Severity of Burns

A forest can burn at different severities depending on the fuel load. The fuel load consists of the accumulations of easily ignited branches and forest liter in a defined space. The severity of the burn can impact the succession of the forest. Succession is the natural ecological process in the forest species structure over time. Fire can create opportunities for new species to get a foothold in the forest, but it depends on the severity of the forest fire as to which species will thrive, which species will be replaced, and how long it will take. Fire is a natural process that influences the health of the forest and scientists study these processes to answer: How does the severity of burns impact the succession of forest?

Video Clip from Valles Caldera: The Science

Description goes here

Research Data: 



Learn how to use scientific data to understand the Earth's systems by interpreting the graphs.
In the Labs and Activities section below, there is a student activity sheet labeled "Severity of Burns Research Graph and Questions" for students to use in interpreting the graphs.

Researcher's Bio:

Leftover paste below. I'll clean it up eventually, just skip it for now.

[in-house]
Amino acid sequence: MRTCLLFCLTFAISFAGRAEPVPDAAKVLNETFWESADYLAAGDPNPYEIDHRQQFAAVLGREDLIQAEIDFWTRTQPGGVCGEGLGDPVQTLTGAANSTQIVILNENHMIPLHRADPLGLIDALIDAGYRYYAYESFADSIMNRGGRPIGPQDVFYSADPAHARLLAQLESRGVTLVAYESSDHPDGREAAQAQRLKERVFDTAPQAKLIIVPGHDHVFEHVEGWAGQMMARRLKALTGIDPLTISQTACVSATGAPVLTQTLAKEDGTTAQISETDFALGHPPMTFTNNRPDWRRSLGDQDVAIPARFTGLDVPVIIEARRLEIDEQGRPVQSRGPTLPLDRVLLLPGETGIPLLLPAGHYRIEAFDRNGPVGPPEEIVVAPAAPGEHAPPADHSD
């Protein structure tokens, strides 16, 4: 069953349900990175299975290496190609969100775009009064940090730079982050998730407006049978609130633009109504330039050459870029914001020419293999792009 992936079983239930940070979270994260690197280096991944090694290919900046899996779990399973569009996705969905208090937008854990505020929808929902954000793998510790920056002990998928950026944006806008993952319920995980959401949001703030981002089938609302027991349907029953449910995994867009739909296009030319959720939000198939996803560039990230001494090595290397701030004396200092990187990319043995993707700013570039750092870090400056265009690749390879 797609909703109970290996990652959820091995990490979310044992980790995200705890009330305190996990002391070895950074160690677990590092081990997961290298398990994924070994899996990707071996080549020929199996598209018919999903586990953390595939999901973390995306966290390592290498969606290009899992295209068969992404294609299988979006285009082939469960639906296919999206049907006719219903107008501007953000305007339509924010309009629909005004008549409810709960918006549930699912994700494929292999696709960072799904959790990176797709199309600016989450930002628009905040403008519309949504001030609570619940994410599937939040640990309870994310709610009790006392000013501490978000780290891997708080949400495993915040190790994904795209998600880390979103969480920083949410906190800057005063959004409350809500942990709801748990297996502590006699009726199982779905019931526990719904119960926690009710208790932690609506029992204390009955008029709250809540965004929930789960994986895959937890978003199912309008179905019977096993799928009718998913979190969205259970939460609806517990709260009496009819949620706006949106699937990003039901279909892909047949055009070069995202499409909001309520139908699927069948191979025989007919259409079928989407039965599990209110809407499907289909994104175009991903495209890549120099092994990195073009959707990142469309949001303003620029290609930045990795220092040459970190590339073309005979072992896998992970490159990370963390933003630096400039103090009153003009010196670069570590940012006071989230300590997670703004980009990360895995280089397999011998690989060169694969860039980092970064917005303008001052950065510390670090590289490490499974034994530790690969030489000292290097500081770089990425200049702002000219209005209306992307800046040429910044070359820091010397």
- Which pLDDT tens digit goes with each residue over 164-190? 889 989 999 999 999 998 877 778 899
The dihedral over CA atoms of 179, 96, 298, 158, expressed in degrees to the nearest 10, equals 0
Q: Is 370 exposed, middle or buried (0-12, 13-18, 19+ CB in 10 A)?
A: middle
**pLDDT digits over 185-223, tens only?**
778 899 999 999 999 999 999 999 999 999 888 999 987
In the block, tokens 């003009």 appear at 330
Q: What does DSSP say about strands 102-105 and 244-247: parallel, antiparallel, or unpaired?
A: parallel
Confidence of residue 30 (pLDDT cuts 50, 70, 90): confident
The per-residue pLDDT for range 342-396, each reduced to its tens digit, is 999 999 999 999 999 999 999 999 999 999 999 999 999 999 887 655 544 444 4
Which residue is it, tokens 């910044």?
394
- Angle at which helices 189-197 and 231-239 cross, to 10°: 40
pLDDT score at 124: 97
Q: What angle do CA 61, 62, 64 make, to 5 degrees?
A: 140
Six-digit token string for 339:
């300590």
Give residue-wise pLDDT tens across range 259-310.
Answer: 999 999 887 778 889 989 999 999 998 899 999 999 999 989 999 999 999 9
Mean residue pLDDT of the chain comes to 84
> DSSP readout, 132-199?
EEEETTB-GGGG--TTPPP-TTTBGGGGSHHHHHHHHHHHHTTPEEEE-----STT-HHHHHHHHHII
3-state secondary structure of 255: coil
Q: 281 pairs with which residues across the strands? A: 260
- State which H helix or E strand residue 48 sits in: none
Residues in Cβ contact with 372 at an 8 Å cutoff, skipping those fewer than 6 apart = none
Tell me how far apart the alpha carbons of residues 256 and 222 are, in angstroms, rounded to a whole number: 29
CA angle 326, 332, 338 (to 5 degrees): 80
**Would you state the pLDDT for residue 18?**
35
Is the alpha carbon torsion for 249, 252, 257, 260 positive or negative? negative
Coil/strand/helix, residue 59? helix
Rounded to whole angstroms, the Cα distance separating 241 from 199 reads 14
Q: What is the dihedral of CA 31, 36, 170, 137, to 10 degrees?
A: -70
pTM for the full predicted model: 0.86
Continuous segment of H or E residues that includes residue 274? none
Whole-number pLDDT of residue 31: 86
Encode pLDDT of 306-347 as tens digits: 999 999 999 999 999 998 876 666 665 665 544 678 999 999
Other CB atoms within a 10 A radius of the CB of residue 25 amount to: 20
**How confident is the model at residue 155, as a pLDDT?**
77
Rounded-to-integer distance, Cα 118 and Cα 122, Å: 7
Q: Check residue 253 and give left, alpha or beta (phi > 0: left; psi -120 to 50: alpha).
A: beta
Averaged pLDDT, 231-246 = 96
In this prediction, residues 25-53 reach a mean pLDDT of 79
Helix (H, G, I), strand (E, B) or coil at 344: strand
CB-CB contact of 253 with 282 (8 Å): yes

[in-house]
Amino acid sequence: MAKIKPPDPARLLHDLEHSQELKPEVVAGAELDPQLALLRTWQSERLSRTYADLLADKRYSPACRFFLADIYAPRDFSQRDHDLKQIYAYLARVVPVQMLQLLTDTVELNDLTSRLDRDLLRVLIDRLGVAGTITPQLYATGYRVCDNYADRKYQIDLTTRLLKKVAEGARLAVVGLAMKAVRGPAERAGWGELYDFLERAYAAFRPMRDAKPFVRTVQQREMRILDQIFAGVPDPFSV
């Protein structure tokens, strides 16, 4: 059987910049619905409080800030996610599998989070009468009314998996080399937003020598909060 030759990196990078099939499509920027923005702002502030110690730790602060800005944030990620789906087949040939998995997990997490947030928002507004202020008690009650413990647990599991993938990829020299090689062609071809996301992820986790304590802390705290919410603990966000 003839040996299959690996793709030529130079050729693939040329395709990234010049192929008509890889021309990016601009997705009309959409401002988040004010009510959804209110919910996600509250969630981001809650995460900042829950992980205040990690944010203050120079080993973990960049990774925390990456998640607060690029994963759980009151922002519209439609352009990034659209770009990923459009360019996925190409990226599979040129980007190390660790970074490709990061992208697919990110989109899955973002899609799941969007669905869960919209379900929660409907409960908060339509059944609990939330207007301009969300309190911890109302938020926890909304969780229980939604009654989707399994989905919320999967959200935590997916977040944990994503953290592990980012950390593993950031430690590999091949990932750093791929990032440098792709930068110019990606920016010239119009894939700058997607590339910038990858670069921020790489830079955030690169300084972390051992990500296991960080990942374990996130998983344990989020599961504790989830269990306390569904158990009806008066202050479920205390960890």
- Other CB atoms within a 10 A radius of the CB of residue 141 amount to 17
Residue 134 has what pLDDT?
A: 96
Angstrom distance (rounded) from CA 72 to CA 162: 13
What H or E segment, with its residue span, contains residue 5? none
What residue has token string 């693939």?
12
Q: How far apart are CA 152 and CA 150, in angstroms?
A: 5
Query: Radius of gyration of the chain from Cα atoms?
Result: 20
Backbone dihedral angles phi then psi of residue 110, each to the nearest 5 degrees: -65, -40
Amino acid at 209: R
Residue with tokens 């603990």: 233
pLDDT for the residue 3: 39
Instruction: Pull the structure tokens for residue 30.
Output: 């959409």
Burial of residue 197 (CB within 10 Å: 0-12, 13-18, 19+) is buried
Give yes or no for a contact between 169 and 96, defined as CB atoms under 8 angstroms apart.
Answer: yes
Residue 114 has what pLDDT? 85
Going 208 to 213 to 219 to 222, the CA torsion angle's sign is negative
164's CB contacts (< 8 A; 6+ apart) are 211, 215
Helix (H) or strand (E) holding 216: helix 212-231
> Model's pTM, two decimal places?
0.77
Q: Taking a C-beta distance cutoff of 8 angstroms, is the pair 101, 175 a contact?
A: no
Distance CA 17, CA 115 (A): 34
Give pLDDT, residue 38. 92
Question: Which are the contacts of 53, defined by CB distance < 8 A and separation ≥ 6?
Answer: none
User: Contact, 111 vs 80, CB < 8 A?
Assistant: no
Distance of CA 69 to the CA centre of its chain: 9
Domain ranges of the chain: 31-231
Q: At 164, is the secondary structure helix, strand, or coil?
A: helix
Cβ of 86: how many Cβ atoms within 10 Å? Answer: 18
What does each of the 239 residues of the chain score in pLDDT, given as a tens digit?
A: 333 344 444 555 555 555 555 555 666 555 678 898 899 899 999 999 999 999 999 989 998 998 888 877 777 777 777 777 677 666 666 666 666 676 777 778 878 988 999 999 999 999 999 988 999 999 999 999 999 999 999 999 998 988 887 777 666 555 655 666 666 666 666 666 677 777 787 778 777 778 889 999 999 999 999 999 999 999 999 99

Dr. Bob Parmenter is the Preserve Scientist for the Valles Caldera Trust in northern New Mexico and is responsible for organizing and coordinating the research, inventory and monitoring programs on the Valles Caldera National Preserve. He is a member of the Valles Caldera Trust’s executive management team and the NM EPSCoR management team.

Dr. Parmenter’s research interests include studies on ecosystem disturbance, climatic influences on plant and animal populations, successional processes, plant-animal interactions, predator-prey relationships of both vertebrates and invertebrates, decomposition and nutrient cycling, and the ecology of zoonotic diseases (specifically hantavirus, plague, and West Nile virus).

Dr. Parmenter received his Bachelor’s degree from Colorado College in 1974, a Master’s Degree in Zoology from the University of Georgia in 1978, and his Ph.D. in Biology/Ecology from Utah State University in 1982.